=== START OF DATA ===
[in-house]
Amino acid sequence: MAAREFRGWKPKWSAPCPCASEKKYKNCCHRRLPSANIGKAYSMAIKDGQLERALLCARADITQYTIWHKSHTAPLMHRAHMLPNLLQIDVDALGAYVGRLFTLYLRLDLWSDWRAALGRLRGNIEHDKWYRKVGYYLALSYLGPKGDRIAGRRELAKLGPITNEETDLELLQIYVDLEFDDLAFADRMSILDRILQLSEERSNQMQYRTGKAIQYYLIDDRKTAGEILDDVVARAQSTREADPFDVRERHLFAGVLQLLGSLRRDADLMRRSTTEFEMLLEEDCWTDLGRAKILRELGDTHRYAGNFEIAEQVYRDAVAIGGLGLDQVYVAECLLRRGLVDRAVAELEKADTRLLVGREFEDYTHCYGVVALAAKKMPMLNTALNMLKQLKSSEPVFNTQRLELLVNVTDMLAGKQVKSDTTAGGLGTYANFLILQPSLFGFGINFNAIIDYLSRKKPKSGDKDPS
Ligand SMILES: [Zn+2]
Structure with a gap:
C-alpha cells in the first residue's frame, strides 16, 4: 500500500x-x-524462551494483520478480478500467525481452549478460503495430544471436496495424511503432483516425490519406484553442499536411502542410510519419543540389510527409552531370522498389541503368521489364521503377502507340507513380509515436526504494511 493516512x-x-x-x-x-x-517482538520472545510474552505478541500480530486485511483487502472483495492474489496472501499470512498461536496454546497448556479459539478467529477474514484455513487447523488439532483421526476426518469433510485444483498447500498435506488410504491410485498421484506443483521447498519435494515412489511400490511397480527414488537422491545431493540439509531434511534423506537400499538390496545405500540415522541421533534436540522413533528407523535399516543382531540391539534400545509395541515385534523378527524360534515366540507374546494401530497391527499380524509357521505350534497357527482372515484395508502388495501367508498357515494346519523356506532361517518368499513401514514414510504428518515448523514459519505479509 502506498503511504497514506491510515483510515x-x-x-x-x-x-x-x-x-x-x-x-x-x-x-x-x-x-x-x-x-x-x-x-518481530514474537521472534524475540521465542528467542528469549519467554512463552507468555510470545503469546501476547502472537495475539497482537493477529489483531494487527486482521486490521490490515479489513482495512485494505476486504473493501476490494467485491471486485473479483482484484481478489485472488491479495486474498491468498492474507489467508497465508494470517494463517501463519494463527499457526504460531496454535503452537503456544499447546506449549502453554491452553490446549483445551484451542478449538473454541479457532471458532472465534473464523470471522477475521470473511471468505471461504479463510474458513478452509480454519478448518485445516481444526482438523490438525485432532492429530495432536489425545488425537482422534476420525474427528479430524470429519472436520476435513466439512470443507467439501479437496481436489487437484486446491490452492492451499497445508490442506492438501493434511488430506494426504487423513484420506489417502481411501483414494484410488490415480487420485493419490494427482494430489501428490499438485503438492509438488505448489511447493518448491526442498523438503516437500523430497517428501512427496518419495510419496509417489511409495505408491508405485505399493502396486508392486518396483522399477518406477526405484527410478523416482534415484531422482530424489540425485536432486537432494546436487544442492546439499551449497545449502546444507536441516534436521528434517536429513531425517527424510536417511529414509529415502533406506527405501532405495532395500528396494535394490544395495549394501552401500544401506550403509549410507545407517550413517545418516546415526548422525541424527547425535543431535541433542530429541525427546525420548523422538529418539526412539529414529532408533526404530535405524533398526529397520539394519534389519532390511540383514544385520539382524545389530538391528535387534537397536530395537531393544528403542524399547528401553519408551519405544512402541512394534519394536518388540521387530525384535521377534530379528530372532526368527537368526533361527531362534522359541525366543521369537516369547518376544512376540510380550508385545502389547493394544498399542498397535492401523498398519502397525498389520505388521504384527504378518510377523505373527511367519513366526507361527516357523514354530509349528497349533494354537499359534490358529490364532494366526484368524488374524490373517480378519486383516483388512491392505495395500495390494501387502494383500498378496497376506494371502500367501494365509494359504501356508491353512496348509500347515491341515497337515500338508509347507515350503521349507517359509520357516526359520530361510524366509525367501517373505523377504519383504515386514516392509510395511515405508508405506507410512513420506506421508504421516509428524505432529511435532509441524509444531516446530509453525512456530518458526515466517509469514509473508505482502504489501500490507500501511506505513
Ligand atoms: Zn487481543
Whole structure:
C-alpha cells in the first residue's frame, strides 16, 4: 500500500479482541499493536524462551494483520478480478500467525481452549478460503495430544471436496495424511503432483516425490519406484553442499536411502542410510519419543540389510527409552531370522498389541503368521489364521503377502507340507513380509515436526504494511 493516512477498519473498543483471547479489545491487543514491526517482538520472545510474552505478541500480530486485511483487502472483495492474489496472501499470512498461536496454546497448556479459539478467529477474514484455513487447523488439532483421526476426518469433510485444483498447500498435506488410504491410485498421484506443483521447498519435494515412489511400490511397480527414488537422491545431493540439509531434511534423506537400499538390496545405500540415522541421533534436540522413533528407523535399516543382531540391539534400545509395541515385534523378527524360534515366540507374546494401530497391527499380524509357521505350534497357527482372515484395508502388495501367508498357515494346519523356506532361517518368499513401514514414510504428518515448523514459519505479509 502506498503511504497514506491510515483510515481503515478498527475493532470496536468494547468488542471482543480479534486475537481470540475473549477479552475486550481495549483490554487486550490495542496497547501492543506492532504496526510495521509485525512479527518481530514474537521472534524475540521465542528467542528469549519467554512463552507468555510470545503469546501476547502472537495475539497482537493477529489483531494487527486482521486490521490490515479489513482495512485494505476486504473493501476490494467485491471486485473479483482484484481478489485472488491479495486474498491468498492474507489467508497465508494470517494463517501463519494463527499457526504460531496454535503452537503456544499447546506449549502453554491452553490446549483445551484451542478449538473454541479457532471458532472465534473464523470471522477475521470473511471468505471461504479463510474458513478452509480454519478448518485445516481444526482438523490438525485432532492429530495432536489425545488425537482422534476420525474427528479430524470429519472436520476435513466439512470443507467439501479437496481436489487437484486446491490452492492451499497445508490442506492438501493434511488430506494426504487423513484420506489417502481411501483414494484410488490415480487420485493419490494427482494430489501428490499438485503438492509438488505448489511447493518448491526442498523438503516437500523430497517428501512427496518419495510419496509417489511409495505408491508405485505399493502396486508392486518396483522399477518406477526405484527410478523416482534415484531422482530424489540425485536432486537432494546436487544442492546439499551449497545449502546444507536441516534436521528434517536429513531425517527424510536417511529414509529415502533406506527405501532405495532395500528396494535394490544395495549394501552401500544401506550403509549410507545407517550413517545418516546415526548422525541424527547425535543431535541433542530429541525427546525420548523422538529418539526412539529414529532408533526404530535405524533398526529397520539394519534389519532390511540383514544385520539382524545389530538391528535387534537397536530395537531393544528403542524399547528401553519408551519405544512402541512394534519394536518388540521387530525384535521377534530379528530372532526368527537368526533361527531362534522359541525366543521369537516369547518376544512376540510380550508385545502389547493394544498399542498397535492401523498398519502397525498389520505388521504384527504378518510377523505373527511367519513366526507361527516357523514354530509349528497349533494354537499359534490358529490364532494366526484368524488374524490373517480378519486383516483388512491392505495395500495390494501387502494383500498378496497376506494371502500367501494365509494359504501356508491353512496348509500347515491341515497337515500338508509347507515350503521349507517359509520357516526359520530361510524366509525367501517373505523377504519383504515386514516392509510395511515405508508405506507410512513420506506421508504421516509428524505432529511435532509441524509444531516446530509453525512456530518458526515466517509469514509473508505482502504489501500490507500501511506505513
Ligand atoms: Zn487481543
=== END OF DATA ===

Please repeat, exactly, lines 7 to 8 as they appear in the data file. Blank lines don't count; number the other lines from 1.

Whole structure:
C-alpha cells in the first residue's frame, strides 16, 4: 500500500479482541499493536524462551494483520478480478500467525481452549478460503495430544471436496495424511503432483516425490519406484553442499536411502542410510519419543540389510527409552531370522498389541503368521489364521503377502507340507513380509515436526504494511 493516512477498519473498543483471547479489545491487543514491526517482538520472545510474552505478541500480530486485511483487502472483495492474489496472501499470512498461536496454546497448556479459539478467529477474514484455513487447523488439532483421526476426518469433510485444483498447500498435506488410504491410485498421484506443483521447498519435494515412489511400490511397480527414488537422491545431493540439509531434511534423506537400499538390496545405500540415522541421533534436540522413533528407523535399516543382531540391539534400545509395541515385534523378527524360534515366540507374546494401530497391527499380524509357521505350534497357527482372515484395508502388495501367508498357515494346519523356506532361517518368499513401514514414510504428518515448523514459519505479509 502506498503511504497514506491510515483510515481503515478498527475493532470496536468494547468488542471482543480479534486475537481470540475473549477479552475486550481495549483490554487486550490495542496497547501492543506492532504496526510495521509485525512479527518481530514474537521472534524475540521465542528467542528469549519467554512463552507468555510470545503469546501476547502472537495475539497482537493477529489483531494487527486482521486490521490490515479489513482495512485494505476486504473493501476490494467485491471486485473479483482484484481478489485472488491479495486474498491468498492474507489467508497465508494470517494463517501463519494463527499457526504460531496454535503452537503456544499447546506449549502453554491452553490446549483445551484451542478449538473454541479457532471458532472465534473464523470471522477475521470473511471468505471461504479463510474458513478452509480454519478448518485445516481444526482438523490438525485432532492429530495432536489425545488425537482422534476420525474427528479430524470429519472436520476435513466439512470443507467439501479437496481436489487437484486446491490452492492451499497445508490442506492438501493434511488430506494426504487423513484420506489417502481411501483414494484410488490415480487420485493419490494427482494430489501428490499438485503438492509438488505448489511447493518448491526442498523438503516437500523430497517428501512427496518419495510419496509417489511409495505408491508405485505399493502396486508392486518396483522399477518406477526405484527410478523416482534415484531422482530424489540425485536432486537432494546436487544442492546439499551449497545449502546444507536441516534436521528434517536429513531425517527424510536417511529414509529415502533406506527405501532405495532395500528396494535394490544395495549394501552401500544401506550403509549410507545407517550413517545418516546415526548422525541424527547425535543431535541433542530429541525427546525420548523422538529418539526412539529414529532408533526404530535405524533398526529397520539394519534389519532390511540383514544385520539382524545389530538391528535387534537397536530395537531393544528403542524399547528401553519408551519405544512402541512394534519394536518388540521387530525384535521377534530379528530372532526368527537368526533361527531362534522359541525366543521369537516369547518376544512376540510380550508385545502389547493394544498399542498397535492401523498398519502397525498389520505388521504384527504378518510377523505373527511367519513366526507361527516357523514354530509349528497349533494354537499359534490358529490364532494366526484368524488374524490373517480378519486383516483388512491392505495395500495390494501387502494383500498378496497376506494371502500367501494365509494359504501356508491353512496348509500347515491341515497337515500338508509347507515350503521349507517359509520357516526359520530361510524366509525367501517373505523377504519383504515386514516392509510395511515405508508405506507410512513420506506421508504421516509428524505432529511435532509441524509444531516446530509453525512456530518458526515466517509469514509473508505482502504489501500490507500501511506505513